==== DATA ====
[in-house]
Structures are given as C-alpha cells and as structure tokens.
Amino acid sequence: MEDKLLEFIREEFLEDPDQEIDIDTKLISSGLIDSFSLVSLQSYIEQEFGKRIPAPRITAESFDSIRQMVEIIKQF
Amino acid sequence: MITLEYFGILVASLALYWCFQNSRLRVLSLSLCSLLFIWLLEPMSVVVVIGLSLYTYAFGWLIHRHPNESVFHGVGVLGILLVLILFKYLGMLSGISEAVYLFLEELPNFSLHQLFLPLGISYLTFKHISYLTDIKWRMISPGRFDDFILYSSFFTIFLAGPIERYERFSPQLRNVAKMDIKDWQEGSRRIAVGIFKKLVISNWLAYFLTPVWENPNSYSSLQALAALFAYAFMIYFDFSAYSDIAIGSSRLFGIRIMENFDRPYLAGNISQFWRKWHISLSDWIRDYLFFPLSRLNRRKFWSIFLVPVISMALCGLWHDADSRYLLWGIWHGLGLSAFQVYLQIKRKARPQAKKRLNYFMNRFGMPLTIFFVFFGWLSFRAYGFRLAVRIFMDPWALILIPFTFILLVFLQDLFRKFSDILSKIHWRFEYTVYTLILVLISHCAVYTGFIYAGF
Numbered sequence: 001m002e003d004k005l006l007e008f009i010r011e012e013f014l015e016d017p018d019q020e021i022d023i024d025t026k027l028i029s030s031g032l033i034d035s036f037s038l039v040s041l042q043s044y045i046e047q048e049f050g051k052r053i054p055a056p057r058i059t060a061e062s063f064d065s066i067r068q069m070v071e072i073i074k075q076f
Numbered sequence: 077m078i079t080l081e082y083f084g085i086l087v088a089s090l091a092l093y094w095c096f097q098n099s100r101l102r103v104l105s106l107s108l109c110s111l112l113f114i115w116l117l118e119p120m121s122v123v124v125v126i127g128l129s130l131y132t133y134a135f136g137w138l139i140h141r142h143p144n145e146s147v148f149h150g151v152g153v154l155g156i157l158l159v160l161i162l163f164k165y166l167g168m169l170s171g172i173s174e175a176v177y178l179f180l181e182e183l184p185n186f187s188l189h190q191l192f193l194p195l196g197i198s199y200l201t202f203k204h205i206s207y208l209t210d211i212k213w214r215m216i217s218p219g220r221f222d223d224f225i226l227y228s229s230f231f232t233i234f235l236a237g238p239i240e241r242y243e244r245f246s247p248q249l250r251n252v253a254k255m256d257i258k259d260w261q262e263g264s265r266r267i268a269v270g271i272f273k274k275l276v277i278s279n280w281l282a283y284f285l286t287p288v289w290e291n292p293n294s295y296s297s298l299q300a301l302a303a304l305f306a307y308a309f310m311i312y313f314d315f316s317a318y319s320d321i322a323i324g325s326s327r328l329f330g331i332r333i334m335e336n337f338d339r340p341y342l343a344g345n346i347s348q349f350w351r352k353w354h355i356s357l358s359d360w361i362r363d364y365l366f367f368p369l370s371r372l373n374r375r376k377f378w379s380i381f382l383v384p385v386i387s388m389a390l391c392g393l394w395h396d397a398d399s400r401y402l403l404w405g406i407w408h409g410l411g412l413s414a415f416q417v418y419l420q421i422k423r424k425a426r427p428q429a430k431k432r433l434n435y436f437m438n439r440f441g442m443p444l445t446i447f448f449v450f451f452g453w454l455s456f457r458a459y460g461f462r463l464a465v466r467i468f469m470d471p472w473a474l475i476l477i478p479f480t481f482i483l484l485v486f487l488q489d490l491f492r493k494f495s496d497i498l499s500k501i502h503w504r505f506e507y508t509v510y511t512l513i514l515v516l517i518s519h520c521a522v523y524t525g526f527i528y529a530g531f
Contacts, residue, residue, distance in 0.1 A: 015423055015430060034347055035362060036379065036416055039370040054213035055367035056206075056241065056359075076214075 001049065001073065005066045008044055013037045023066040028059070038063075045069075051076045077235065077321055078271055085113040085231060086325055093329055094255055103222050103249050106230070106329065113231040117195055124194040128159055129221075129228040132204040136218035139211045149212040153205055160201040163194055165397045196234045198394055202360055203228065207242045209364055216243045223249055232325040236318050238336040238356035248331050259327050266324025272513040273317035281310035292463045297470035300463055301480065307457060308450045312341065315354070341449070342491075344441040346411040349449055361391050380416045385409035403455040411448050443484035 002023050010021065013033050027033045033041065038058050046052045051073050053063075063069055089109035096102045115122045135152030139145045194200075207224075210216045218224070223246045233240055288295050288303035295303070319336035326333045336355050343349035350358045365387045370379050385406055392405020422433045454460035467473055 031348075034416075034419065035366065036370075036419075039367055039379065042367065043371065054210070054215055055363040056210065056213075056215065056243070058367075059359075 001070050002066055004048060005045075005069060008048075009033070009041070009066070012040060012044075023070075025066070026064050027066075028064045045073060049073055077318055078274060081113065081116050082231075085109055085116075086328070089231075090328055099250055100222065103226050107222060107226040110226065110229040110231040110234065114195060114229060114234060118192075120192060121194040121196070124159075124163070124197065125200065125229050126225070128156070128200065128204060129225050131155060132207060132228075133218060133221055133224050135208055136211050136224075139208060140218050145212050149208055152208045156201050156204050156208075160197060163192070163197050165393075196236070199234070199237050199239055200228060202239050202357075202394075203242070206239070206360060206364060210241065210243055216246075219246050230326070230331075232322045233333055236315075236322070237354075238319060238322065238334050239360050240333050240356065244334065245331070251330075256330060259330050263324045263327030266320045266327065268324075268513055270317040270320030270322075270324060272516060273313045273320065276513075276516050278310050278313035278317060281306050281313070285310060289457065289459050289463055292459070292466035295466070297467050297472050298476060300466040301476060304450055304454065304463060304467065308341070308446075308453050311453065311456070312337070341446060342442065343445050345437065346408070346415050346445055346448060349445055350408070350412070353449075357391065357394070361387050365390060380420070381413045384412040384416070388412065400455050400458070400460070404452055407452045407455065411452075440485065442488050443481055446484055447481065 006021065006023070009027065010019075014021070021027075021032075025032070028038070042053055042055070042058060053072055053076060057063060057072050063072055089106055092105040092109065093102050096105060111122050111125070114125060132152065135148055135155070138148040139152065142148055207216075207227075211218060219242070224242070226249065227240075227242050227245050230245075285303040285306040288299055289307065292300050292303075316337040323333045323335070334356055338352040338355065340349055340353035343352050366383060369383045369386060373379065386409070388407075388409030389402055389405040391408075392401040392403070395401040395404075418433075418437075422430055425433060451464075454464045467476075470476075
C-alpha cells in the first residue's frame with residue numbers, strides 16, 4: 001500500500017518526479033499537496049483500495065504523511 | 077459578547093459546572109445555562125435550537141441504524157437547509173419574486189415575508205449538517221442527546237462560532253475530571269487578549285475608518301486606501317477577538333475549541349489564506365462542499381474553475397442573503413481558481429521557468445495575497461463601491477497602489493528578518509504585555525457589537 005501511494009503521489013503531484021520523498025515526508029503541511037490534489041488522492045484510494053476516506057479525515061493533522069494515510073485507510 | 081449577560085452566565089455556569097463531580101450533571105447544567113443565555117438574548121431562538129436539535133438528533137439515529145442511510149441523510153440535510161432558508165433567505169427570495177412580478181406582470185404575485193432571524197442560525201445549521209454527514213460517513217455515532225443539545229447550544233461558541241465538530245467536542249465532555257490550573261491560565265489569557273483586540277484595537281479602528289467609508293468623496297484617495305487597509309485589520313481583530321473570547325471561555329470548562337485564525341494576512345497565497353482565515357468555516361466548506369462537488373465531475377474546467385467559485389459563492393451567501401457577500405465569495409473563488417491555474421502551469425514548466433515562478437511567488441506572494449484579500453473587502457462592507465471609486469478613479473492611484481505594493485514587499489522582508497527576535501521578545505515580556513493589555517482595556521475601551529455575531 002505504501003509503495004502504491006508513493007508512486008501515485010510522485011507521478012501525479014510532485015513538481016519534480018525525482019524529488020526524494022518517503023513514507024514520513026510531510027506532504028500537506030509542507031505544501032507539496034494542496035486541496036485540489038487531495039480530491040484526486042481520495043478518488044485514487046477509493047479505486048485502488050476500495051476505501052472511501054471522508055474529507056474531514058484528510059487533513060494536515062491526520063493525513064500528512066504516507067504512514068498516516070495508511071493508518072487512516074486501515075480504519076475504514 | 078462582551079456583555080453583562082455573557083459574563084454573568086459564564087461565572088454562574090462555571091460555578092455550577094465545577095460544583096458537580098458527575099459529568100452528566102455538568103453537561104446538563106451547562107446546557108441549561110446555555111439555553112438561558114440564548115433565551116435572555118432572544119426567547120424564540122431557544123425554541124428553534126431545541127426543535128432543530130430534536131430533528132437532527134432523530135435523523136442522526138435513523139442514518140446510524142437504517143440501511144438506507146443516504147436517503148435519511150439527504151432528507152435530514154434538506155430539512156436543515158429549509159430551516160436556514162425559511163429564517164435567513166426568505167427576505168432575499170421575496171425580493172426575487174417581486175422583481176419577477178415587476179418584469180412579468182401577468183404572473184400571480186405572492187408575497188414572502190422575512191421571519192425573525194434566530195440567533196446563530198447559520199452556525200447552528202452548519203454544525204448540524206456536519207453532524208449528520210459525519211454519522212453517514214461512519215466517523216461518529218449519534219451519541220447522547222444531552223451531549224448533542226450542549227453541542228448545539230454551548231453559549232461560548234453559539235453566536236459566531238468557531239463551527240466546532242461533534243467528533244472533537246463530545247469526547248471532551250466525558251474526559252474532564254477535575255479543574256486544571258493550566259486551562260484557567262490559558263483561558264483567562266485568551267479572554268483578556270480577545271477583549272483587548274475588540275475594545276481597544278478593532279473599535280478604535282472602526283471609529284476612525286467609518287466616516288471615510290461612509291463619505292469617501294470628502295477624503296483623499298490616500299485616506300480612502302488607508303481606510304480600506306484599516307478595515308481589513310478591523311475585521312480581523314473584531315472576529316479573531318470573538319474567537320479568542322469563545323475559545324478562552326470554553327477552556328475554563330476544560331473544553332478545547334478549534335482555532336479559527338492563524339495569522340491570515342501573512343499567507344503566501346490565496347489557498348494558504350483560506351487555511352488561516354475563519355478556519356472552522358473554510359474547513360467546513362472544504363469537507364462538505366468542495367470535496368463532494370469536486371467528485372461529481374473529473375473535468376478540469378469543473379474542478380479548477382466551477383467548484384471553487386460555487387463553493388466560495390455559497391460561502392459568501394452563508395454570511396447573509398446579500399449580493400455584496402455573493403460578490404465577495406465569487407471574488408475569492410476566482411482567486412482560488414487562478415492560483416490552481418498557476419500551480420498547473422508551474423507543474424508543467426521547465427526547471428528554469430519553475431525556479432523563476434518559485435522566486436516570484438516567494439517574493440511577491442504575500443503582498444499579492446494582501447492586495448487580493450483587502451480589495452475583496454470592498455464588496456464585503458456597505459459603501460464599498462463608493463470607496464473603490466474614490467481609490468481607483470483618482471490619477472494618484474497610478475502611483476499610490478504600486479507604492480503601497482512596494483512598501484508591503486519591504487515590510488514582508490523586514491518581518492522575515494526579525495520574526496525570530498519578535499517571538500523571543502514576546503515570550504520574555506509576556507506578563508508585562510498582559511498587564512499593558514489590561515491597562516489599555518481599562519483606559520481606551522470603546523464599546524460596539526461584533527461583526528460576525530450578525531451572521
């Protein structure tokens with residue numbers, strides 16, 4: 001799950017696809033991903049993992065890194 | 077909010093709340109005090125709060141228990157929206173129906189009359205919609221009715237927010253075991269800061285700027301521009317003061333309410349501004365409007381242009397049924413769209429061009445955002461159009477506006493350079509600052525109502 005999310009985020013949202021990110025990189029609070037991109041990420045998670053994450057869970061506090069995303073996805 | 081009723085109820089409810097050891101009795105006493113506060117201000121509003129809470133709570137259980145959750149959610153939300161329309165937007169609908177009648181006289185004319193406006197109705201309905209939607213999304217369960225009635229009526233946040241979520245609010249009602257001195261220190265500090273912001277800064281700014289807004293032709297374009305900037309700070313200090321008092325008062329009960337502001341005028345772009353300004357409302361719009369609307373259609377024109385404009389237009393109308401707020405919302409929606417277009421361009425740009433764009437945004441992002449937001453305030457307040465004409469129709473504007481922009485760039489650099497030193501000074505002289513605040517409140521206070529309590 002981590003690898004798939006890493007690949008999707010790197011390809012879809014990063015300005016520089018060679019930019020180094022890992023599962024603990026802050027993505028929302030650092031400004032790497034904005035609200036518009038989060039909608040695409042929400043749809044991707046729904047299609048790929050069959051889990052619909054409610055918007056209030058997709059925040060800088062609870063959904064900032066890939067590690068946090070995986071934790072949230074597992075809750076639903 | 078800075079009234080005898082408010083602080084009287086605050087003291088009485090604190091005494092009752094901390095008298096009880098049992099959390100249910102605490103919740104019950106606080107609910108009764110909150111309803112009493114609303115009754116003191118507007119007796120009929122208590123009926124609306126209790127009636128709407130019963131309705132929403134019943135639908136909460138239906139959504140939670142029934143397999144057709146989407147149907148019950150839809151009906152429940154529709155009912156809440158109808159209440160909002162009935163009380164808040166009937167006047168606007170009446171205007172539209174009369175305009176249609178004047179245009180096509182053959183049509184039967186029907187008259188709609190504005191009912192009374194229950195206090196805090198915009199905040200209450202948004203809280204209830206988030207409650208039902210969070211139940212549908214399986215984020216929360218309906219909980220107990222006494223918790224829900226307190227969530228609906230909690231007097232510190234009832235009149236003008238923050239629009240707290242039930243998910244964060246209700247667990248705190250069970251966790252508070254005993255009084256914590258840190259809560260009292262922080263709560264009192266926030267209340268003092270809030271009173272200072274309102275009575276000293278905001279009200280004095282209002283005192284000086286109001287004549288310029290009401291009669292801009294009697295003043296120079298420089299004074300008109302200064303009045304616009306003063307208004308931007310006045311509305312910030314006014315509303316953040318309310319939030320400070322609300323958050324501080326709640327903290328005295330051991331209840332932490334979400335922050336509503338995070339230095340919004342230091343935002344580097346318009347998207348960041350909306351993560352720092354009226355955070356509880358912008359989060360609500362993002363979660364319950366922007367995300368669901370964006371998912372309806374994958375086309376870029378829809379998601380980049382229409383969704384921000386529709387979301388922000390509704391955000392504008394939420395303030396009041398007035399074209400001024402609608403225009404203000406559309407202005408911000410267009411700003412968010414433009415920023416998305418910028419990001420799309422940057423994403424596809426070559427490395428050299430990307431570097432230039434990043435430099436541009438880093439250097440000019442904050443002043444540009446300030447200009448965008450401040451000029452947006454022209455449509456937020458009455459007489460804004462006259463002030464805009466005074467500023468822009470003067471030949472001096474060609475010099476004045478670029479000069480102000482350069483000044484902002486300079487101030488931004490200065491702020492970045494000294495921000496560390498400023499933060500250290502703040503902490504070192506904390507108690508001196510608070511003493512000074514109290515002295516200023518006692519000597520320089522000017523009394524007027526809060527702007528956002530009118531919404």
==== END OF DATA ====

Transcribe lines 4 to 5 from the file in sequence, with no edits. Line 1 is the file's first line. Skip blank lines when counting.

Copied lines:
Amino acid sequence: MITLEYFGILVASLALYWCFQNSRLRVLSLSLCSLLFIWLLEPMSVVVVIGLSLYTYAFGWLIHRHPNESVFHGVGVLGILLVLILFKYLGMLSGISEAVYLFLEELPNFSLHQLFLPLGISYLTFKHISYLTDIKWRMISPGRFDDFILYSSFFTIFLAGPIERYERFSPQLRNVAKMDIKDWQEGSRRIAVGIFKKLVISNWLAYFLTPVWENPNSYSSLQALAALFAYAFMIYFDFSAYSDIAIGSSRLFGIRIMENFDRPYLAGNISQFWRKWHISLSDWIRDYLFFPLSRLNRRKFWSIFLVPVISMALCGLWHDADSRYLLWGIWHGLGLSAFQVYLQIKRKARPQAKKRLNYFMNRFGMPLTIFFVFFGWLSFRAYGFRLAVRIFMDPWALILIPFTFILLVFLQDLFRKFSDILSKIHWRFEYTVYTLILVLISHCAVYTGFIYAGF
Numbered sequence: 001m002e003d004k005l006l007e008f009i010r011e012e013f014l015e016d017p018d019q020e021i022d023i024d025t026k027l028i029s030s031g032l033i034d035s036f037s038l039v040s041l042q043s044y045i046e047q048e049f050g051k052r053i054p055a056p057r058i059t060a061e062s063f064d065s066i067r068q069m070v071e072i073i074k075q076f